ABC touts 1619 Project’s Nikole Hannah-Jones as a ‘symbol of truth’

New York Times Magazine’s 1619 Project creator Nikole Hannah-Jones received nothing short of praise from ABC’s “Good Morning America” on Monday.

The New York Times journalist sat down with host Robin Roberts who immediately introduced Hannah-Jones as “one of the most dynamic and vocal journalists today” as well as a Pulitzer Prize winner, a MacArthur Genius Grant recipient, and a “conversation starter.”

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New York Times Magazine reporter Nikole Hannah-Jones was called out Thursday for claiming there is no need to "leave out context and inconvenient facts" from a strong argument when critics pointed out she did exactly that with her controversial "1619 Project." (Getty Images for Tribeca Festival)

New York Times Magazine reporter Nikole Hannah-Jones was called out Thursday for claiming there is no need to “leave out context and inconvenient facts” from a strong argument when critics pointed out she did exactly that with her controversial “1619 Project.” (Getty Images for Tribeca Festival)
(Monica Schipper/Getty Images for Tribeca Festival)

Among some of the topics discussed included Hannah-Jones being denied tenure at her alma mater of The University of North Carolina-Chapel Hill. At the time, Hannah-Jones suggested racism was one of the factors that prevented her from receiving the position, and continued to push that theory to Roberts.

“Well, what I learned is one, that you can do all of the things that we are told we are to do to be successful, and in the end, as a Black woman, you can still be denied, and that we have to take those moments and use those moments to exercise our power, and to say that we’ll be in control of our own destiny, and that’s what I decided to do with Howard, and I’m just so excited and honored to be there,” Hannah-Jones said.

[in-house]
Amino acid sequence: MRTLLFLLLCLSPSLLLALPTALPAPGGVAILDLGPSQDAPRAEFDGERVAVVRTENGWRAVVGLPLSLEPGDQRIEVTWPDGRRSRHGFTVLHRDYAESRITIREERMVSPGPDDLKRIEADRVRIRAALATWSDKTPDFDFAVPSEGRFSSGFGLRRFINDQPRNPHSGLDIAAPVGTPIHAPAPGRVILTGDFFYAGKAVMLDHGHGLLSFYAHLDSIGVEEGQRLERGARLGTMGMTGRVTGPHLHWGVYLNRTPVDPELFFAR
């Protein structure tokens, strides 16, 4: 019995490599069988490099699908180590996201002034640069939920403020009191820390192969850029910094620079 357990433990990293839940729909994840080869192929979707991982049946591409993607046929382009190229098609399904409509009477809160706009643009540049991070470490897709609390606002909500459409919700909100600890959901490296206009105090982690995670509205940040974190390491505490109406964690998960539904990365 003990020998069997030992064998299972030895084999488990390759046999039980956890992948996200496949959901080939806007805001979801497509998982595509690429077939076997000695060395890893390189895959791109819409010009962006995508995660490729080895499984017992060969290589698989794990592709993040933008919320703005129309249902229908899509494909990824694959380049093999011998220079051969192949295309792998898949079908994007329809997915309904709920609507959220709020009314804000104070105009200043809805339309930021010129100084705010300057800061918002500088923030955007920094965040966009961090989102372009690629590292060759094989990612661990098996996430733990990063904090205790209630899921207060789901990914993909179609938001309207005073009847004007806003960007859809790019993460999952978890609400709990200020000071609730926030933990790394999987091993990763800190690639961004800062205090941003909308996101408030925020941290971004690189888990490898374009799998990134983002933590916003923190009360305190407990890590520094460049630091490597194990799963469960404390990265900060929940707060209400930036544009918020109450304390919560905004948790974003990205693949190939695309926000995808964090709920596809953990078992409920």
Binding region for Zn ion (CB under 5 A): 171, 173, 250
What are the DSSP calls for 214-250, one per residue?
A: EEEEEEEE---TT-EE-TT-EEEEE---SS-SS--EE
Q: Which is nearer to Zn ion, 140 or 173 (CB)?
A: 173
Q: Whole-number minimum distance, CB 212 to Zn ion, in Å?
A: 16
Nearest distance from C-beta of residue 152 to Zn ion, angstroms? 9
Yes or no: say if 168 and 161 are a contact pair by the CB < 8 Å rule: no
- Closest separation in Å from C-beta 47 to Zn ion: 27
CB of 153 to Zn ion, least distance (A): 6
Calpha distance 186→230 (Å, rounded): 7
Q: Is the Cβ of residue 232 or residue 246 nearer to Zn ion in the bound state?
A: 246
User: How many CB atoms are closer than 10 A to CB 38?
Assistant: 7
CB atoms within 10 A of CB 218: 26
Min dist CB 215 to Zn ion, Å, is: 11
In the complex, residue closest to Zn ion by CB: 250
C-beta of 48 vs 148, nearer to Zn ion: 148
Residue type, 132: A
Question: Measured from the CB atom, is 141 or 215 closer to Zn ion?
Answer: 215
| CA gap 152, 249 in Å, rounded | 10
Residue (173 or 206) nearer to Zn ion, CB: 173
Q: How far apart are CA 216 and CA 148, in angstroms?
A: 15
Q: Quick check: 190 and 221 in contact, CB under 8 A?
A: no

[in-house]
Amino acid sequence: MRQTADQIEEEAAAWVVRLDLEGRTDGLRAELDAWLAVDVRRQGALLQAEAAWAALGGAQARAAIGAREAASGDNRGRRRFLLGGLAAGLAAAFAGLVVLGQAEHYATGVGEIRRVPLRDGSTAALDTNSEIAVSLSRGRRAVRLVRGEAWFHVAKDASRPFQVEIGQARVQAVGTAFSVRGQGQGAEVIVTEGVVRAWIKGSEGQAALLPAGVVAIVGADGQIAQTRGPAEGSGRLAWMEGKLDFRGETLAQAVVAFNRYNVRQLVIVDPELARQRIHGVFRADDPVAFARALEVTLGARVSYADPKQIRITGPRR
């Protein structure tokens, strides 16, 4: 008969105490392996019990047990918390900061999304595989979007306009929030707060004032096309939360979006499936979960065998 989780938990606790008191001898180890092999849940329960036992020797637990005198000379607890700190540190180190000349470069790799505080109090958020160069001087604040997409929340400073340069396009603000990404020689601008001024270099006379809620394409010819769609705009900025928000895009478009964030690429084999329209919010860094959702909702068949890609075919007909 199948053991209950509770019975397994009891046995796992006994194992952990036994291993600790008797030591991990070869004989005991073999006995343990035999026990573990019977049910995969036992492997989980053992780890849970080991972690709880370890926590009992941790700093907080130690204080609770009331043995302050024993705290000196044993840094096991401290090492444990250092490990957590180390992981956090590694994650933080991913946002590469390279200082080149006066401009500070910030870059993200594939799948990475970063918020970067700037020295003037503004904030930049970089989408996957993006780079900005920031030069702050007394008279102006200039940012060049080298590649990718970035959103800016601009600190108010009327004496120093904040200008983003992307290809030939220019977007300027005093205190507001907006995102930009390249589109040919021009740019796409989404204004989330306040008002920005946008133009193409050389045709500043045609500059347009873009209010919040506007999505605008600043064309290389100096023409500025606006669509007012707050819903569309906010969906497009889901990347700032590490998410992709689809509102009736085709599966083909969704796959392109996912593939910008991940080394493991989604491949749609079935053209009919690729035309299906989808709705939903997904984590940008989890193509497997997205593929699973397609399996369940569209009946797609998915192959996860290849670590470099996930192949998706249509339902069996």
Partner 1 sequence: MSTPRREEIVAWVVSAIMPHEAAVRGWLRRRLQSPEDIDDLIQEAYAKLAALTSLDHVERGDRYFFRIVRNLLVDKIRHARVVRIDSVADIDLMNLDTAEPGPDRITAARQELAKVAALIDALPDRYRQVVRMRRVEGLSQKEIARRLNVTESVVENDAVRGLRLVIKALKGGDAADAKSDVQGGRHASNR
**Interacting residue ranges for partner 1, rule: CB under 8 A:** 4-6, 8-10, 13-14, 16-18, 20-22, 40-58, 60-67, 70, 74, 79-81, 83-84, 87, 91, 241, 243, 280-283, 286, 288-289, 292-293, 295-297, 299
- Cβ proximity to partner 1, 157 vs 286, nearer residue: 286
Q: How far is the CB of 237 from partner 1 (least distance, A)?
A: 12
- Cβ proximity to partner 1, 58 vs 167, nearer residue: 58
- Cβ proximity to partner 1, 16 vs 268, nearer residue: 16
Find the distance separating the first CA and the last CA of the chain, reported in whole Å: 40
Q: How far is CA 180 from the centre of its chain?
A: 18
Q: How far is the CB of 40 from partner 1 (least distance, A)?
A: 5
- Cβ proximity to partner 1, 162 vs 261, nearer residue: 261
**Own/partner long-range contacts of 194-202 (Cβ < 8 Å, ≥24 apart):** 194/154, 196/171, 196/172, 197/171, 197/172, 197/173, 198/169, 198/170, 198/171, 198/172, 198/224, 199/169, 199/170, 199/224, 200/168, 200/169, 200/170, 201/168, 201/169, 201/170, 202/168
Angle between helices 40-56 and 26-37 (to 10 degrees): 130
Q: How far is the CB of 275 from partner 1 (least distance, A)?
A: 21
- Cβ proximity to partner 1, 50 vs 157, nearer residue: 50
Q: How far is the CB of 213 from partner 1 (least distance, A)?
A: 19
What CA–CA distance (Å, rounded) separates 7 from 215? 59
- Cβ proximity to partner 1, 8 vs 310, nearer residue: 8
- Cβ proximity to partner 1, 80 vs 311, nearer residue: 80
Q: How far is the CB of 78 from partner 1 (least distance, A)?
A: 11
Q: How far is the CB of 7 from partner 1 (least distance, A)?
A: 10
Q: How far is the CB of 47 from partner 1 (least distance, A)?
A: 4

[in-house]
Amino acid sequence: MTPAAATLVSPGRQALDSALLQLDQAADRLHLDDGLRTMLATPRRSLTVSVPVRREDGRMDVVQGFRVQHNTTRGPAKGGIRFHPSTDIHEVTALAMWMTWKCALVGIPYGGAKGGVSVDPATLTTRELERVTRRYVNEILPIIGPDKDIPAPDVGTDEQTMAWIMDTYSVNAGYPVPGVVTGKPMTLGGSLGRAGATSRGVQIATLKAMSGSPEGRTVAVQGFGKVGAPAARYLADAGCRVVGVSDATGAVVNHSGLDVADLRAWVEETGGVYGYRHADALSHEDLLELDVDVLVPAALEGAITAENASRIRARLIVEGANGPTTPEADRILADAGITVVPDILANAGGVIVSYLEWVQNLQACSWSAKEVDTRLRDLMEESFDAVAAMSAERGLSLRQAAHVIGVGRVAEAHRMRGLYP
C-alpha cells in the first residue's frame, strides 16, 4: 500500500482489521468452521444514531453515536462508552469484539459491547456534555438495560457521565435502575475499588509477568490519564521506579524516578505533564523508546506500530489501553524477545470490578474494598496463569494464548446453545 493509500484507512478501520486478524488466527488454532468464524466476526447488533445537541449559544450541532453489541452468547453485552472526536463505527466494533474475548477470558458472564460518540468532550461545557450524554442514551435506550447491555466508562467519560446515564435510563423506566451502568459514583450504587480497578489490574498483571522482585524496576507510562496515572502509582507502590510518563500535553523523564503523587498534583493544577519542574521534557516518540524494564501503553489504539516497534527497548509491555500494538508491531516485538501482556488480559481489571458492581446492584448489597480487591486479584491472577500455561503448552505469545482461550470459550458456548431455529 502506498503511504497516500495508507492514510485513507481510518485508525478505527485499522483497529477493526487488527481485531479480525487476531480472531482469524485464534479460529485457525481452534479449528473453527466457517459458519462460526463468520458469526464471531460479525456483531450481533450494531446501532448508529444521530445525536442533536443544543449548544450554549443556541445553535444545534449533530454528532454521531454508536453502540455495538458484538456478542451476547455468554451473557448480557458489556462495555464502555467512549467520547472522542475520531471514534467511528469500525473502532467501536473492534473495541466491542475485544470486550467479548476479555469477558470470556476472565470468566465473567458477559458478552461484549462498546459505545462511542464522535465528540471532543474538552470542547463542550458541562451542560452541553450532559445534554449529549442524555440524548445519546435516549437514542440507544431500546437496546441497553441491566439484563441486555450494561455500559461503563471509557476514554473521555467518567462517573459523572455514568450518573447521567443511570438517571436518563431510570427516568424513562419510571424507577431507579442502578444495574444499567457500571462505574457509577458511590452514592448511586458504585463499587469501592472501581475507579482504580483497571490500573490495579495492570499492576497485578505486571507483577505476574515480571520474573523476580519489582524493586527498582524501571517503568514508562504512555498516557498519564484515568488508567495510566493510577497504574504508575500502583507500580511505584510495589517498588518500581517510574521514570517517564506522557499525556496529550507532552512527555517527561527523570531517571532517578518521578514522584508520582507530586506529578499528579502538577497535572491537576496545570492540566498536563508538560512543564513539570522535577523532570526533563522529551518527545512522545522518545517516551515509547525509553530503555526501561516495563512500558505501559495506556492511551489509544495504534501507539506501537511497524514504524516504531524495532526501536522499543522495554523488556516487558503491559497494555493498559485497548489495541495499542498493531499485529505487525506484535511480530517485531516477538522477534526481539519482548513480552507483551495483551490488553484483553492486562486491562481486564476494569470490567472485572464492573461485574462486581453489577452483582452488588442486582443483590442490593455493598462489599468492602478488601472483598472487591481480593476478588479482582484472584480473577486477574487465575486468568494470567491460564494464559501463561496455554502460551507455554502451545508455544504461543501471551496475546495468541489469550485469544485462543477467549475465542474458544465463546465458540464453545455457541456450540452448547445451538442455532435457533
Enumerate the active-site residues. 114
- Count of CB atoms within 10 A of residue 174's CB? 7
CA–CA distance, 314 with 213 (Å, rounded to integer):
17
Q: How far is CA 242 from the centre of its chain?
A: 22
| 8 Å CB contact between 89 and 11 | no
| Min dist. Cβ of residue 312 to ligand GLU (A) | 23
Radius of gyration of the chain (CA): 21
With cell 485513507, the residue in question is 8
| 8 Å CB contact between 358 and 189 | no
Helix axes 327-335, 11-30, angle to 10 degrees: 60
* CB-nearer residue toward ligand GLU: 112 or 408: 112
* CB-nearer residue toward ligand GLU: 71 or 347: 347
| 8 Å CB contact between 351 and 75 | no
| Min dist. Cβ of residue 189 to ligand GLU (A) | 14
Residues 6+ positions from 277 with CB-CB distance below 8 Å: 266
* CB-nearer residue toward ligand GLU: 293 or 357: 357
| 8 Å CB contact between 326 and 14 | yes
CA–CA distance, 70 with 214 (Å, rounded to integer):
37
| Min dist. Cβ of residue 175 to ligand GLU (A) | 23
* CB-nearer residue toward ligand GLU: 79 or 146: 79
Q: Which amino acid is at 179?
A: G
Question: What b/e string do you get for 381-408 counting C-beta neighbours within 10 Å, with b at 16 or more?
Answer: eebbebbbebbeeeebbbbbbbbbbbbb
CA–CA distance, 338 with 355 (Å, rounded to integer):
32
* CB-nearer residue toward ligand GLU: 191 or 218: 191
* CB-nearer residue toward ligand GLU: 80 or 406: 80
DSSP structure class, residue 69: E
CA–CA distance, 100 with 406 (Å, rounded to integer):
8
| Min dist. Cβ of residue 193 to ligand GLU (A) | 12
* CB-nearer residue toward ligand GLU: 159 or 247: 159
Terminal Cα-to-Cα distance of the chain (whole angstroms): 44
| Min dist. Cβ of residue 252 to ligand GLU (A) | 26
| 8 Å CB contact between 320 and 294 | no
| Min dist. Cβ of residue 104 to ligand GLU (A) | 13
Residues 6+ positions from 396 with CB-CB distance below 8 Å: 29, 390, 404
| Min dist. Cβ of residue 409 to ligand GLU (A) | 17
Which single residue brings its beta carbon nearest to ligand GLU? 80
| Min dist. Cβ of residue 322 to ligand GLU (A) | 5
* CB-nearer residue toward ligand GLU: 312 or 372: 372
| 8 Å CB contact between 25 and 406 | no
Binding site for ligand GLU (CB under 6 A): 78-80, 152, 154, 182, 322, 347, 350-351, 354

Roberts also pressed Hannah-Jones on her critics, despite serving as “a symbol of representation, of strength and truth” with the 1619 Project.

“People — there are many people who look at you and they say, you are a symbol of representation, of strength and truth, but you know you have your critics as well. How can we have as a nation, a discussion about race that moves the discussion forward?” Roberts asked.

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GOOD MORNING AMERICA – Kellyanne Conway discusses the Trump Campaign on “Good Morning America,” 9/7/16, airing on the Walt Disney Television via Getty Images Television Network. (Photo by ) MICHAEL STRAHAN, ROBIN ROBERTS, GEORGE STEPHANOPOULOS
(Ida Mae Astute/Walt Disney Television via Getty Images)

Hannah-Jones implied critics of the 1619 Project are people who don’t want to “confront the truth in this country” when it comes to race.

“I think one, you have to begin with the truth. So much of the attacks against ‘The 1619 project’ and what we’re seeing as laws that are trying to stop the teaching of more accurate histories are because we haven’t wanted to confront the truth in this country. The truth is often painful, but it is in confronting that, that we are able to actually heal and move on,” Hannah-Jones said.

The 1619 Project received criticism from historians for putting out several incorrect statements and interpretations including the idea that the Revolutionary War was fought over slavery. Despite these errors, she continued to receive praise from media outlets.

Roberts noted how the 1619 Project was added to many schools’ curriculum.

“When the ‘The 1619 Project’ came out, many schools added it to their curriculum. There were parents and others that objected to that,” Roberts said. “Why is it important for young people in particular to learn about American history?”

AP Photo/John Minchillo, File 1619 Book cover: Amazon

AP Photo/John Minchillo, File 1619 Book cover: Amazon
(AP Photo/John Minchillo)

Hannah-Jones insisted that her 1619 Project represented “a history that reflects the country that we see.”

“I talk about in the preface that I first came across the date 1619 in a black studies elective that I took when I was 16 years old and just having that small window open to this whole world of history that I didn’t know changed my whole life, and so I think children are — they are able to understand complex stories and nuanced histories and it is empowering to actually be taught a history that reflects the country that we see,” she said.

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